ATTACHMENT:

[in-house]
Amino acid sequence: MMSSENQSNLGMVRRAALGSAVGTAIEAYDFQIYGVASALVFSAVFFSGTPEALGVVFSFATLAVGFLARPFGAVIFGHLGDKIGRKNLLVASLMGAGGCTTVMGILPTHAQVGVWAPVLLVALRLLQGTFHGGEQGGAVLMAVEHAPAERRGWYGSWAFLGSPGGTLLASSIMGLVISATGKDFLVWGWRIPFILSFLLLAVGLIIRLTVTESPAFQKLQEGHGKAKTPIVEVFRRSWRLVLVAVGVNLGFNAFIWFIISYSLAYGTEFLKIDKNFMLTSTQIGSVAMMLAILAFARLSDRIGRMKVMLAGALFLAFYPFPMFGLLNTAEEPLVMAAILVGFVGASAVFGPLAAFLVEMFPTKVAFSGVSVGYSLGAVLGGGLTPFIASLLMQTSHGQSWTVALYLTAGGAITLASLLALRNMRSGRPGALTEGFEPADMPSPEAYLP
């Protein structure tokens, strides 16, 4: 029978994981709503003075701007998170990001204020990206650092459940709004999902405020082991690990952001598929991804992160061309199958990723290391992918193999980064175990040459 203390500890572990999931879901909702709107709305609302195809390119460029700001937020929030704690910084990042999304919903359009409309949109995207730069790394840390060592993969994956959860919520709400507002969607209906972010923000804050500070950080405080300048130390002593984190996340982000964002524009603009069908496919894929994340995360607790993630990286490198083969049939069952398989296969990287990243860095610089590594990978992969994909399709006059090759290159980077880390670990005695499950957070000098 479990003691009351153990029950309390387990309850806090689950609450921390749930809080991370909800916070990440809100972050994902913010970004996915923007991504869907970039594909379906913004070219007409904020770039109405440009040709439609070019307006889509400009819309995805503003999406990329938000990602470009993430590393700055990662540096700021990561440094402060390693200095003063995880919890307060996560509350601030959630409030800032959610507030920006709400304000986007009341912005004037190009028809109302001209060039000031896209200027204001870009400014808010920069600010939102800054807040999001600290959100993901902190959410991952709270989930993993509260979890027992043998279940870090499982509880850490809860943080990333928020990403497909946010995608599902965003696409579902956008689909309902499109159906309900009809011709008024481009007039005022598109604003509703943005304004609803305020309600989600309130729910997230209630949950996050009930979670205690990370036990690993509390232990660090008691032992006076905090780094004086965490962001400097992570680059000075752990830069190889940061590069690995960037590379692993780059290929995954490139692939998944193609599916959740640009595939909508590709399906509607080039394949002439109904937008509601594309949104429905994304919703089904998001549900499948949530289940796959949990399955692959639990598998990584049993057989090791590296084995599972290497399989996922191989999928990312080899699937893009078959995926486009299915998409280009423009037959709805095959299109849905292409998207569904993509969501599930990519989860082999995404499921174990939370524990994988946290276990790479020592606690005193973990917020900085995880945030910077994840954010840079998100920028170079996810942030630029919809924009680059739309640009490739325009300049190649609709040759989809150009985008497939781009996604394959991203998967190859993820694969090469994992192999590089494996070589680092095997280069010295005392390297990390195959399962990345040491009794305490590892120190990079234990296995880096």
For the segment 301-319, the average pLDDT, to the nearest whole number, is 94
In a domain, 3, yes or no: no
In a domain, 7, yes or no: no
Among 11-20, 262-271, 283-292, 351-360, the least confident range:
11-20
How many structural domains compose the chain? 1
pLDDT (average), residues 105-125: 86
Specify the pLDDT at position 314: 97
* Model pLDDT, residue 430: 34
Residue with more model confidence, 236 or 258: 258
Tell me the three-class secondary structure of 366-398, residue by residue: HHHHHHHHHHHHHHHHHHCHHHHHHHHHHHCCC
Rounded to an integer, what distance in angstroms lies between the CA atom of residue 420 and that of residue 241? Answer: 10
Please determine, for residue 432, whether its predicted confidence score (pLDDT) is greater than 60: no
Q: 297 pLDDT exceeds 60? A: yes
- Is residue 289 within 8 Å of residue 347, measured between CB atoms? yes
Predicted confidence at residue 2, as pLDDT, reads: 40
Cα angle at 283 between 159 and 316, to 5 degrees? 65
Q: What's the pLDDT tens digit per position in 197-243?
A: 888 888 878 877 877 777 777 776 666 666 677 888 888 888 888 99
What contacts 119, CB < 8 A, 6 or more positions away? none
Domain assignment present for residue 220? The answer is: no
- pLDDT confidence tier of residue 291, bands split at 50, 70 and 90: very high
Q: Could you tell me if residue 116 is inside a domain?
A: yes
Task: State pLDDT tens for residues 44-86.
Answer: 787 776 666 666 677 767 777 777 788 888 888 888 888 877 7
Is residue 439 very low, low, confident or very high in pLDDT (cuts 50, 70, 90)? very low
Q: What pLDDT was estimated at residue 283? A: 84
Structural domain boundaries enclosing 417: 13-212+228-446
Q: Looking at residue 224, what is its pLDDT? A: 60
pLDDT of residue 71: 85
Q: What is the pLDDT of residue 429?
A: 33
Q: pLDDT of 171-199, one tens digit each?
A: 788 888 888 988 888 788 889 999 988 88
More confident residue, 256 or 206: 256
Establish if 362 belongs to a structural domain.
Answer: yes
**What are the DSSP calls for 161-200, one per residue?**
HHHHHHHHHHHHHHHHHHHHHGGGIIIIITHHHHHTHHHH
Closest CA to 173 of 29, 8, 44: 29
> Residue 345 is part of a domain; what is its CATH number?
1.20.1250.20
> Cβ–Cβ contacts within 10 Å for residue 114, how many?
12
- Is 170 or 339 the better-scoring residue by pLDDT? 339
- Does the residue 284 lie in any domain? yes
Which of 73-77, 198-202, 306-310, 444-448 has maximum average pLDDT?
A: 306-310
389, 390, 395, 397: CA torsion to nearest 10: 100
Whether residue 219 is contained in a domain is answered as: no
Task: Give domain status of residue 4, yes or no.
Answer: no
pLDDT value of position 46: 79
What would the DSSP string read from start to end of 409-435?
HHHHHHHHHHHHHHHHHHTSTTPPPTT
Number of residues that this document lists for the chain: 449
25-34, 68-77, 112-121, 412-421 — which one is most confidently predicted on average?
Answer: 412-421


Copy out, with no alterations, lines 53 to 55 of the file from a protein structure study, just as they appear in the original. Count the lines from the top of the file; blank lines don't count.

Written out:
389, 390, 395, 397: CA torsion to nearest 10: 100
Whether residue 219 is contained in a domain is answered as: no
Task: Give domain status of residue 4, yes or no.